Saturday, April 15, 2006

Peters' Principle on Iran

Ralph Peters, author and retired military officer, penned an op-ed piece in the New York Post last weekend. In "Does Iran Want War?", Peters (pictured) attempts to convey his belief that Iran is well on its way to drawing the U.S. into a military confrontation, one that should end with Iran being pummeled unmercifully by American military might.

Aside from the fact that Peters' essay makes it seem like he's a card-carrying member of the Project for a New American Century (PNAC), his descriptions of Iran's President Mahmoud Ahmadinejad easily could be construed as representative of President Bush, as well.

THE most dangerous error we could make in our sharpening confrontation with Iran is to convince ourselves that its leaders will act rationally. Few wars are rooted in dispassionate analysis. Self-delusion sparks most such catastrophes.

In the context of the United States' attack on Iraq, these words do ring true. Irrational self-delusion and cooked - rather than dispassionate - analysis led the Bush-Cheney-Rumsfeld cabal to wage an unnecessary and costly war.

Given that historical record, what should we expect of a radical-theocrat regime that has no serious grasp of American psychology, that rules an embittered populace it longs to excite and unify, and that believes it's literally on a mission from God?

Radical-theocrat regime? An embittered populace? On a mission from God? Sound familiar?

Given the closed nature of Iran's ruling clique, it's impossible to know. The most-probable situation is that differing factions within the leadership are at different stages of willingness for war, with some ready to fight and others fearful. Cooler heads may prevail - but "cooler heads" is a relative term in Tehran.

Have the inner-circle Iranian leaders replicated yesteryear's decision-making process of Osama bin Laden and his deputies in their Afghan camps - a hothouse atmosphere in which limited evidence was processed selectively and mutual-enablers convinced each other that a few attacks on American landmarks would drive Washington into a global retreat?

Sounds eerily like the current U.S. administration and its infamously insulated President. The neo-con, PNAC crowd that wants to conquer the world has proven to be too much for most of the "cooler", diplomatic heads in Washington. Attack first and ask questions later is their modus operandi.

Limited evidence that was processed selectively? Mutual enablers convincing each other to attack? Hmmmm.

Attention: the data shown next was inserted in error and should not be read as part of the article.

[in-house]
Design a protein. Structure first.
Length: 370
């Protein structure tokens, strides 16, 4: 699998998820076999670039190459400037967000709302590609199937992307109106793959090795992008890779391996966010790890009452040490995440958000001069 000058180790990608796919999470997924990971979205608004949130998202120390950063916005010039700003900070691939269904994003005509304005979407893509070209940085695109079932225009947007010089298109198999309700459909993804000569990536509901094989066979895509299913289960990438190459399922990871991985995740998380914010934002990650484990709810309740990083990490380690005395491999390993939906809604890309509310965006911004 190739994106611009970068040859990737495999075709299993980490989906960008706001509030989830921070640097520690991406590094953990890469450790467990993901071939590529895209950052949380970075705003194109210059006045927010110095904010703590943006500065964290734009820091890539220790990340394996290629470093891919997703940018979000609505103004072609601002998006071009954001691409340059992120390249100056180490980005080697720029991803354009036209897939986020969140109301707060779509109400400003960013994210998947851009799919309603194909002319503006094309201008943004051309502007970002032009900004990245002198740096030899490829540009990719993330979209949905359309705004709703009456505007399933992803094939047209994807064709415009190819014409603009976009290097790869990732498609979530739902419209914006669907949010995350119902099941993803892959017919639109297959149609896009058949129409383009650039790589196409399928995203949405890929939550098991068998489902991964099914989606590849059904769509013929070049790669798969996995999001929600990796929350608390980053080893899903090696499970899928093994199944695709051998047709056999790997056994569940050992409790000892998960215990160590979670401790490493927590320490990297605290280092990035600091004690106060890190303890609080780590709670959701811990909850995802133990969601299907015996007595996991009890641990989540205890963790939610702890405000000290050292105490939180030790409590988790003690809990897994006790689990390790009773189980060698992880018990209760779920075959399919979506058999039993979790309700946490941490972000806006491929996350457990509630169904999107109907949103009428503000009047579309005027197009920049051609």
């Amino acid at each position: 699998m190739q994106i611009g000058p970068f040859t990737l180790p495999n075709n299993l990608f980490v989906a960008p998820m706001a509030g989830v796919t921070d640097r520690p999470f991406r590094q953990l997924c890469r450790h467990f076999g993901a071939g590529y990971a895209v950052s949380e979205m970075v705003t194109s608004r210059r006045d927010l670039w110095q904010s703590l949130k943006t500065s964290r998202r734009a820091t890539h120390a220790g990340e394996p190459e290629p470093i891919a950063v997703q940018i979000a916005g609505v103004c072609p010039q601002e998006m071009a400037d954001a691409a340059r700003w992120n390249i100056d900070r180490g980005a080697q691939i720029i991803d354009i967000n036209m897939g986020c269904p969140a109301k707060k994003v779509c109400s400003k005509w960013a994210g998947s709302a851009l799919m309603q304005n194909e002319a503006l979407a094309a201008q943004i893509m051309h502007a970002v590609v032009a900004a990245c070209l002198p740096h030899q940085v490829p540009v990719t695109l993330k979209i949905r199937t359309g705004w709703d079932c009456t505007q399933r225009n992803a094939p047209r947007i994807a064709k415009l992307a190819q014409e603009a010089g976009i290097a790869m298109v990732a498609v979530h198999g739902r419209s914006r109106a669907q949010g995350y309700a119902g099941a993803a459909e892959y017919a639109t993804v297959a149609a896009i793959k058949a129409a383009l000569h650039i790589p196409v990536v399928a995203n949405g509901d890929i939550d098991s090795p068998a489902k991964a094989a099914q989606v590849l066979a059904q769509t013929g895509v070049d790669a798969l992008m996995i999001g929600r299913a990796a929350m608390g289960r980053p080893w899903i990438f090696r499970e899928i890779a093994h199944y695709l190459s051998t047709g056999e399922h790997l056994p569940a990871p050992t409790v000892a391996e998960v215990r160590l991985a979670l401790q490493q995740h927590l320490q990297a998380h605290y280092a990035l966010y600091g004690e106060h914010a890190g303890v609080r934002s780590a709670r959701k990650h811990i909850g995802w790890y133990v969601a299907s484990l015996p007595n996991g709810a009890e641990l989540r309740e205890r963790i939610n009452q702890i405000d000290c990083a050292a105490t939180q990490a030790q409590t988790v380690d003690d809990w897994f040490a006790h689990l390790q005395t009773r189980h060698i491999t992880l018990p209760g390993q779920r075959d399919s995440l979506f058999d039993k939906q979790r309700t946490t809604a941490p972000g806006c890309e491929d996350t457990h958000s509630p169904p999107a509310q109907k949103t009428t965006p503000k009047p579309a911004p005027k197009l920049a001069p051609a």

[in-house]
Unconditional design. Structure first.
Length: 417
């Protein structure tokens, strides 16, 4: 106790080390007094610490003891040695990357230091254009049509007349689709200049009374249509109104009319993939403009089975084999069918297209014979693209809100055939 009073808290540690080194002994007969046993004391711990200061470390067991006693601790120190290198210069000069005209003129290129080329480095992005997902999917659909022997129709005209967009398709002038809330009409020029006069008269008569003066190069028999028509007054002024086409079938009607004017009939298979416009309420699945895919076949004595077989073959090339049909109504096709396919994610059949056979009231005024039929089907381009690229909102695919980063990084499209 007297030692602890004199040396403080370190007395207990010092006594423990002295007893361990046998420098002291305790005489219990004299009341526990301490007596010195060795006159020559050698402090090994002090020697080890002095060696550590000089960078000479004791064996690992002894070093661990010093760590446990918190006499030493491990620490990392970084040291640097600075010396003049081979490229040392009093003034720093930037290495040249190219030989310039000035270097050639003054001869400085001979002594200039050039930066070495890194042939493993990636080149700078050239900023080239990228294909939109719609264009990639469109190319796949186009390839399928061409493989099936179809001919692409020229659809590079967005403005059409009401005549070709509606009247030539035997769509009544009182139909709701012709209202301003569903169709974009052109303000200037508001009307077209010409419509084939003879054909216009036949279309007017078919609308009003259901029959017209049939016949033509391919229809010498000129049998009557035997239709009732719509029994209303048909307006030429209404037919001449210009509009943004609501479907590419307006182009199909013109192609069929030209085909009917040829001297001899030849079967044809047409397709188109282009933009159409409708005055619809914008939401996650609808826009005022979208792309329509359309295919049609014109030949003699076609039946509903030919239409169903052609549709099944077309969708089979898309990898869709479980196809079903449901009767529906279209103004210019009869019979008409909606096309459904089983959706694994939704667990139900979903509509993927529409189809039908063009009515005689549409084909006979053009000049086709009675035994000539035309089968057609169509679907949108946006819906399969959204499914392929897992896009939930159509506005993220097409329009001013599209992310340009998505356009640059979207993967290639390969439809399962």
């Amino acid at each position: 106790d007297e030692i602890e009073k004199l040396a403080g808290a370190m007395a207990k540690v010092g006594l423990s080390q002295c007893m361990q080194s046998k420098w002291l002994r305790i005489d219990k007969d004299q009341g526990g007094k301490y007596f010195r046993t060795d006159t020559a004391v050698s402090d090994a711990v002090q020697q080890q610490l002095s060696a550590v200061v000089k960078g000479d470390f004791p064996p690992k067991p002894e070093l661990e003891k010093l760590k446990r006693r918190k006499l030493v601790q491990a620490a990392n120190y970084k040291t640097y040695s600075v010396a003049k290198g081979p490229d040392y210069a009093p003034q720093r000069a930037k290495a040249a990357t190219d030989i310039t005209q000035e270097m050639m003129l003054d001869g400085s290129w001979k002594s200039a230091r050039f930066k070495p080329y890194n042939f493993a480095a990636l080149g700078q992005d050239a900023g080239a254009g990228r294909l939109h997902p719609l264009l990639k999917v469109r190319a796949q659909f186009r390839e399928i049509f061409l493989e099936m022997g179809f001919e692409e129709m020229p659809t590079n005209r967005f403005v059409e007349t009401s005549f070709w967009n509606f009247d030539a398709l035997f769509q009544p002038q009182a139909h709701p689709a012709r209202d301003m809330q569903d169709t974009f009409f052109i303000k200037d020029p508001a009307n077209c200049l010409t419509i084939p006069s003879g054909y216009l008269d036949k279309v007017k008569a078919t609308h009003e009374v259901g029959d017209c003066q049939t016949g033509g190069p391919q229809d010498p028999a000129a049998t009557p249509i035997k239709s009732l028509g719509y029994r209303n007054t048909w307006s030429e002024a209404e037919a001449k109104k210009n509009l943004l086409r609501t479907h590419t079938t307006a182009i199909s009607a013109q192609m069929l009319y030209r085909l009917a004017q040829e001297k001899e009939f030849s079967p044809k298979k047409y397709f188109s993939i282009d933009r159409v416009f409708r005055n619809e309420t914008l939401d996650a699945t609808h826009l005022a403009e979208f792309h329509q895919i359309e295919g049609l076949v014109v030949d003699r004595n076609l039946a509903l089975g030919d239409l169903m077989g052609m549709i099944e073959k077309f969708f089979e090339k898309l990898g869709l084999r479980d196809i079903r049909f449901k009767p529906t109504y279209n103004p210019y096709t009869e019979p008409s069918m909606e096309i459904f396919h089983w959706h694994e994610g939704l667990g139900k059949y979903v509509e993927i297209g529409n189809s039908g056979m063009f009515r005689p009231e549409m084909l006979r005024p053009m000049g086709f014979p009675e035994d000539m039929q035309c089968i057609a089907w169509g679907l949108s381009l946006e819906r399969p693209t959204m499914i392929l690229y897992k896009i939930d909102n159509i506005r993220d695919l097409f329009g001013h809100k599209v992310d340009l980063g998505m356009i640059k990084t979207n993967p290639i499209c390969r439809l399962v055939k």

Whether or not President Ahmadinejad is a madman, he speaks like one. He has no past experience of global statecraft and no grasp of the different mental and moral structures of other civilizations. The extent to which his ability to calculate objectively has been suppressed by a psychological addiction to religious extremism remains an open question. But the portents look bleak.

If that doesn't describe President Bush to a tee, I don't know what does.

Clearly, Peters' view of Iran and its leader is not dissimilar from the reality of our own leadership. And perhaps that's where this entire situation turns grave. When you have leaders on opposite sides who display similar deficiencies of character and wisdom, the result cannot be anything but bad. Mutual megalomania infused with a dangerous elixir of religious and ideological insanity doesn't bode well for a peaceful, globally-beneficial solution.

Peters concludes his piece with a call for gruesome aggression against Iran.

If we're pulled into war, we need to strike hard and fast - before Iran's allies can make mischief in international forums. We should destroy as much of Tehran's nuclear infrastructure as possible, eliminate its air force and air defenses and wreck its naval facilities beyond repair - no matter the collateral damage. (Peters' emphasis, not mine) The madmen in Tehran must pay an unbearable price.


But a half-hearted military response to Iranian aggression would only strengthen the confidence of our enemies and invite future confrontations.

We pulled too many punches in Operation Iraqi Freedom, and now we're paying the price. If Tehran drags us into war, we should make the conflict so devastating and painful that even our allies are stunned.

If Peters' words are, indeed, representative of current thinking within the White House and the Pentagon, then what does that say about us as a society?

It says, loud and clear, "We're doomed."


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